Beate: Marisa, what made you work in this large format? You were scared of painting on 22" x 30" paper.
Marisa: I was excited by the idea of a window space where everyone could see (not just people in galleries) and also I love the idea of playing with 2D in 3D space. But I was terrified up until the very end of install. No doubt there. How about you?
Beate: It requires process and planning not just "messing it up."
Marisa: You like that? Ugh!
Beate: That's what I do in my professional life. So, how did it start?
Marisa: I heard a RadioLab story about a woman who lived in an apartment with a dolphin and I brought it to you to hear. We then started making paintings responding to this story.
Beate: This was science in the 1960s. You couldn't do this kind of science in 2015. We thought this was really intriguing. Then we saw the call for the Tacoma Spaceworks ArtScapes program. We applied to make a display in a storefront window inspired by the story. This meant scaling up our painting.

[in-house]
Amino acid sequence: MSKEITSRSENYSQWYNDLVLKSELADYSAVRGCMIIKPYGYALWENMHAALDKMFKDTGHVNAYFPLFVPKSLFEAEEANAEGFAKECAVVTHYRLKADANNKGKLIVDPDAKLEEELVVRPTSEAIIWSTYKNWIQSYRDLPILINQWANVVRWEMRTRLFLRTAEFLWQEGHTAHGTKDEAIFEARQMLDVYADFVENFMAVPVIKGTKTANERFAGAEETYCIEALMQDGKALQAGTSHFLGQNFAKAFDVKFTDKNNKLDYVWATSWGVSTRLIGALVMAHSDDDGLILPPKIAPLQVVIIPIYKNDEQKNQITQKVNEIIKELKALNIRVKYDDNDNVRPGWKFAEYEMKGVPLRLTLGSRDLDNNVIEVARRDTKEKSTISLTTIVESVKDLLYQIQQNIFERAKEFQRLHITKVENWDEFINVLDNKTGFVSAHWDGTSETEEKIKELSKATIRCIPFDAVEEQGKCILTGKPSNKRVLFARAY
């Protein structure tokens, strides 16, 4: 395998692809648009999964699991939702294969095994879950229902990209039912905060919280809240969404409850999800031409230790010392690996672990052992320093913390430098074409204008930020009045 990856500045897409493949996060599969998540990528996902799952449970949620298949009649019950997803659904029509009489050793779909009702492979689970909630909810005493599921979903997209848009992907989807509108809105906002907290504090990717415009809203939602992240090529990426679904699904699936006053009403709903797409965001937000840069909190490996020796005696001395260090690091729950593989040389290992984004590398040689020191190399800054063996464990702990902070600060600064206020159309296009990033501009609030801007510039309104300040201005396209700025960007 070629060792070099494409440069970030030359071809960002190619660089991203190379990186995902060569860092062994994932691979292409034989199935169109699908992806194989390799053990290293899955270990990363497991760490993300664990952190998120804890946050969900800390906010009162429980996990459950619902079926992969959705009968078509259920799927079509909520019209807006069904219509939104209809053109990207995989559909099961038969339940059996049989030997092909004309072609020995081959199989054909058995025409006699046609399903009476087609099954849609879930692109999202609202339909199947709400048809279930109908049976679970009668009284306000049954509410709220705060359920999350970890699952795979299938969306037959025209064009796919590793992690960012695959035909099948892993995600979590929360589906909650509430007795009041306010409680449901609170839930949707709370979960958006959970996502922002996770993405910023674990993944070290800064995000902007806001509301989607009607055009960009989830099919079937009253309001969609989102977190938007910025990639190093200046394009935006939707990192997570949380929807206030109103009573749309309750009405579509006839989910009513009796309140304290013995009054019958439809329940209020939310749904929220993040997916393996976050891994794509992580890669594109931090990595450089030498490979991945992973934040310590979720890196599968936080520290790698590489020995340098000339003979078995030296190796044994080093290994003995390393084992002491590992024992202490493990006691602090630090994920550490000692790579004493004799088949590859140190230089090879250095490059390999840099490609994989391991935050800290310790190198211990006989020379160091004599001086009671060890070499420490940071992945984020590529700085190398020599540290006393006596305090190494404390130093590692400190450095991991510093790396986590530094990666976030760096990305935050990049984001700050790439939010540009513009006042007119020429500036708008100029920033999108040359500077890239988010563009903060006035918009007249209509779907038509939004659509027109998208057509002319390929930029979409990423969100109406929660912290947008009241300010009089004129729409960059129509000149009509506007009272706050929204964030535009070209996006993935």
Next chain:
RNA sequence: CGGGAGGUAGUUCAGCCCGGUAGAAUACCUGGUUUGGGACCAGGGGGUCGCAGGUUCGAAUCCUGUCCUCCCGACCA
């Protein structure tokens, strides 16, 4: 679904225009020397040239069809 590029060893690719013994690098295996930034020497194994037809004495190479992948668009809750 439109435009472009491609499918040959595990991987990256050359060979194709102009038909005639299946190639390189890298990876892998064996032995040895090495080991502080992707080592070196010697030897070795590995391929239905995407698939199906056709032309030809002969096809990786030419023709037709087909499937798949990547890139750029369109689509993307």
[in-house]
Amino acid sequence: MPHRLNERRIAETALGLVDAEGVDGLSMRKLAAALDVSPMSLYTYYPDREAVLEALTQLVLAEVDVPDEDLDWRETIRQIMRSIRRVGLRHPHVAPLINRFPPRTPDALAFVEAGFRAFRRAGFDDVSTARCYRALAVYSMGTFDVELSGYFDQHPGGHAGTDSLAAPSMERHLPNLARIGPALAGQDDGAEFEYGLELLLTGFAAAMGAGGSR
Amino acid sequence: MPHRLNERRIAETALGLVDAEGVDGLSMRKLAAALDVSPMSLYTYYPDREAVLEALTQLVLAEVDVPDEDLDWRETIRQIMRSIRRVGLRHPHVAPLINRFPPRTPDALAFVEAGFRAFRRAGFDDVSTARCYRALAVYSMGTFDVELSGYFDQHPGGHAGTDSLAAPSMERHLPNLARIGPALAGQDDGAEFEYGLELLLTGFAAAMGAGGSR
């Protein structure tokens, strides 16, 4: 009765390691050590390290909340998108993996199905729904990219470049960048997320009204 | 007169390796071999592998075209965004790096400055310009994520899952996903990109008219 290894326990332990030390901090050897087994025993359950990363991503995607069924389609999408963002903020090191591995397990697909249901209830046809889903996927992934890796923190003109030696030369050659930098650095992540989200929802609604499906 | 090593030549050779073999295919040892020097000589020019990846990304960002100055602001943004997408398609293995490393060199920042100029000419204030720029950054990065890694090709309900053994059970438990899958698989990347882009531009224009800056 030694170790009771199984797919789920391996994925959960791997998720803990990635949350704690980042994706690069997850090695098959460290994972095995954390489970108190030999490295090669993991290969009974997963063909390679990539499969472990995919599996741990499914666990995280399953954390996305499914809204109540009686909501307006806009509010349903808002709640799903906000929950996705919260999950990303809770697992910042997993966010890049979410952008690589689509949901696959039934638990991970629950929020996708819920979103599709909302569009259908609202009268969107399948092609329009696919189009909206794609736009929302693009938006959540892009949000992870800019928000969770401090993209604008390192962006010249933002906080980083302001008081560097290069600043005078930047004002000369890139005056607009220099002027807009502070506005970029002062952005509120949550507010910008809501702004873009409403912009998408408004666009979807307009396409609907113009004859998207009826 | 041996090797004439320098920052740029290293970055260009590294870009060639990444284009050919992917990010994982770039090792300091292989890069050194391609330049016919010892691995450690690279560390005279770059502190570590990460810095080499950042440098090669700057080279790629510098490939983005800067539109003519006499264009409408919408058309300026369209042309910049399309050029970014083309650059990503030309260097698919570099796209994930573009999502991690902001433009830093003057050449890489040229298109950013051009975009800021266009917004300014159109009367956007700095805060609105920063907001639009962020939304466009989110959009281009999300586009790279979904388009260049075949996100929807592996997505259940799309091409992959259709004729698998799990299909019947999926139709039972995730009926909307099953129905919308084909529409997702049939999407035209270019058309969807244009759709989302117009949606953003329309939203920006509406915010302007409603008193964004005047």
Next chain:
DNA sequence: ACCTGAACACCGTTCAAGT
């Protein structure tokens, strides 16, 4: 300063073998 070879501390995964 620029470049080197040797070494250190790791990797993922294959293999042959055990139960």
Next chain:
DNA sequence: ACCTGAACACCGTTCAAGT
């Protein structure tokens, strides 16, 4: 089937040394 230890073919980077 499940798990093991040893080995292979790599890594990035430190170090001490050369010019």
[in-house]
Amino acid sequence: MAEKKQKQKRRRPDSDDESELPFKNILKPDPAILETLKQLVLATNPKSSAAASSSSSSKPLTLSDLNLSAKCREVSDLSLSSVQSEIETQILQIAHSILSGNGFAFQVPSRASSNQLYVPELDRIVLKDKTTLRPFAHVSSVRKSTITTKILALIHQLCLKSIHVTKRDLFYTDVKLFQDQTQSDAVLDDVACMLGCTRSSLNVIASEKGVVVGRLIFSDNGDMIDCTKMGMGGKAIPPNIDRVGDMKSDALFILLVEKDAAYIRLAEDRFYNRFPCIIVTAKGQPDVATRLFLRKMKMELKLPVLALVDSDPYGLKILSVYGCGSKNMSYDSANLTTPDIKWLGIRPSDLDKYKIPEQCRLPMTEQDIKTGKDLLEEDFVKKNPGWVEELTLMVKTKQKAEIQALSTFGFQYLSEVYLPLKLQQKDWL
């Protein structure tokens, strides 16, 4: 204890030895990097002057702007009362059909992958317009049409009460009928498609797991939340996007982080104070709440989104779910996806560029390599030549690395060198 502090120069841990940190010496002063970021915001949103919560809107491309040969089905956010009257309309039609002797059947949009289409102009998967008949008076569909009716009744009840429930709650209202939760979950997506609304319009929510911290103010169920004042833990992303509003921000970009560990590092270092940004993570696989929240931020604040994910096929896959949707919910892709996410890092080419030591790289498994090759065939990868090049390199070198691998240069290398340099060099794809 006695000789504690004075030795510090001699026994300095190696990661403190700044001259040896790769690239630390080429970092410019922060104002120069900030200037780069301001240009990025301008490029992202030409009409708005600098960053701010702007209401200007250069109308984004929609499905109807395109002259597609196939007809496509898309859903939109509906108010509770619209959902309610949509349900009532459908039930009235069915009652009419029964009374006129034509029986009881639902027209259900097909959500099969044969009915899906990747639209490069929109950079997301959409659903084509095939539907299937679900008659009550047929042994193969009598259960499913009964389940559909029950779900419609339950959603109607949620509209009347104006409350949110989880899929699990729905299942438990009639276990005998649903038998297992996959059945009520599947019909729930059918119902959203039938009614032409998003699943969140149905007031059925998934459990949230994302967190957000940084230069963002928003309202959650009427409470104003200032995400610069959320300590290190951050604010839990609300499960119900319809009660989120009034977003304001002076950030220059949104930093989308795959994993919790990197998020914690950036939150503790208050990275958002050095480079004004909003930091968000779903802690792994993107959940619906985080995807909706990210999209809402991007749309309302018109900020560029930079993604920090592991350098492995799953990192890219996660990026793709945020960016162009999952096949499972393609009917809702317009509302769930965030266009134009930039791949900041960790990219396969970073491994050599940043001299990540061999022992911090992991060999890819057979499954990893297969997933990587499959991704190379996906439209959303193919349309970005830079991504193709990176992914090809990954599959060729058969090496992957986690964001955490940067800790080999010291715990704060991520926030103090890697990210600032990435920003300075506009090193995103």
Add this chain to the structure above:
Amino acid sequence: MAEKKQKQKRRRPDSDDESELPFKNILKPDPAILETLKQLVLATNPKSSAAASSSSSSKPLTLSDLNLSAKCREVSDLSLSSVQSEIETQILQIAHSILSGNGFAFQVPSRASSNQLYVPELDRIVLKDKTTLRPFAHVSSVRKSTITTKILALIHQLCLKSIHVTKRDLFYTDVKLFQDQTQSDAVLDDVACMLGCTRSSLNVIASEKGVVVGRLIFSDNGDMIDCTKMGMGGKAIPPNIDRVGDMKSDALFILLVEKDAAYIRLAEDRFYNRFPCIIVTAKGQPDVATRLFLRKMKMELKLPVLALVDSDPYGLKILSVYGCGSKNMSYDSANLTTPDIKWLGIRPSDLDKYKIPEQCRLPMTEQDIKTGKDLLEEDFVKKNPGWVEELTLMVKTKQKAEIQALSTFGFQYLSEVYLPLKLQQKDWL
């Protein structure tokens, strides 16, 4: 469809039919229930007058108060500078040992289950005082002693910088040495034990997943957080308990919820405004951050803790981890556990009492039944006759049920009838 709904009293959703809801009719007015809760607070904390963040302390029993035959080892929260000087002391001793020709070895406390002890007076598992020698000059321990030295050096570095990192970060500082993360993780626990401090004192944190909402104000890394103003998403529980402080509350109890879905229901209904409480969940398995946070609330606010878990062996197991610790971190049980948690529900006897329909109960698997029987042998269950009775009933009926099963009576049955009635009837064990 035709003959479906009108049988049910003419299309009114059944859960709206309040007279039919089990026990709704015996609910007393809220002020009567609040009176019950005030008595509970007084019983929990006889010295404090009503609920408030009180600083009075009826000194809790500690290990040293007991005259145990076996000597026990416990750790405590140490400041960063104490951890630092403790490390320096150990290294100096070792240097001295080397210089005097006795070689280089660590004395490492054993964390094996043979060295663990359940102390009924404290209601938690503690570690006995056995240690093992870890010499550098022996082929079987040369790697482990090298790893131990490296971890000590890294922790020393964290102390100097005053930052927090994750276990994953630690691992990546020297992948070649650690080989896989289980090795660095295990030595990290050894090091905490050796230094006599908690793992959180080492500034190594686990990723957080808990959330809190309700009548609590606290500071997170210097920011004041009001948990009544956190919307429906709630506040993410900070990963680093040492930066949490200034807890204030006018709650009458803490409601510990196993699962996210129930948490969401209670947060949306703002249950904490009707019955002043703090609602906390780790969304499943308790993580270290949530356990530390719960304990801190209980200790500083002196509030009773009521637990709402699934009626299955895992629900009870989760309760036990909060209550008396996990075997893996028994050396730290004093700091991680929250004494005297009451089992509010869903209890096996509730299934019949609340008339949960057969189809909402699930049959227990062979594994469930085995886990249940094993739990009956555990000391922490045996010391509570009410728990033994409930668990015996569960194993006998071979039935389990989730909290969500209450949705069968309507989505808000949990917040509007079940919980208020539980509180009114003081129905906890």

Marisa: Actually, we changed our minds about how to do it 100 times. Remember when it was going to take about 1000 pieces of paper? We even abandoned the story for a while.
Beate: At the end we came back to the story and our rule of using black white and gold. Because it's a storefront on a busy corner, we wanted it visually pleasing and whimsical. I obsessed on almost every detail.
Marisa: Yes, when you went to the store to look for the right colored string to stitch the dolphin together and you were gone for over 2 hours! And by then I was just hoping we'd finish.
Beate: Too many words already! How about some pictures or our "Say My Name" project? You know, show, don't tell?
Check out our finished installation "Say My Name" at the corner of 11th and Commerce in downtown Tacoma from now until August 21, 2015.
Thanks so much to Gabriel Brown, Tacoma Spaceworks, Eric Graves, Karen Manuel, Meredith Clark, and Tom Yoder.
For more info about Tacoma Spaceworks: http://spaceworkstacoma.com/
Checkout the Radiolab episode that inspired this project at http://www.radiolab.org/story/hello/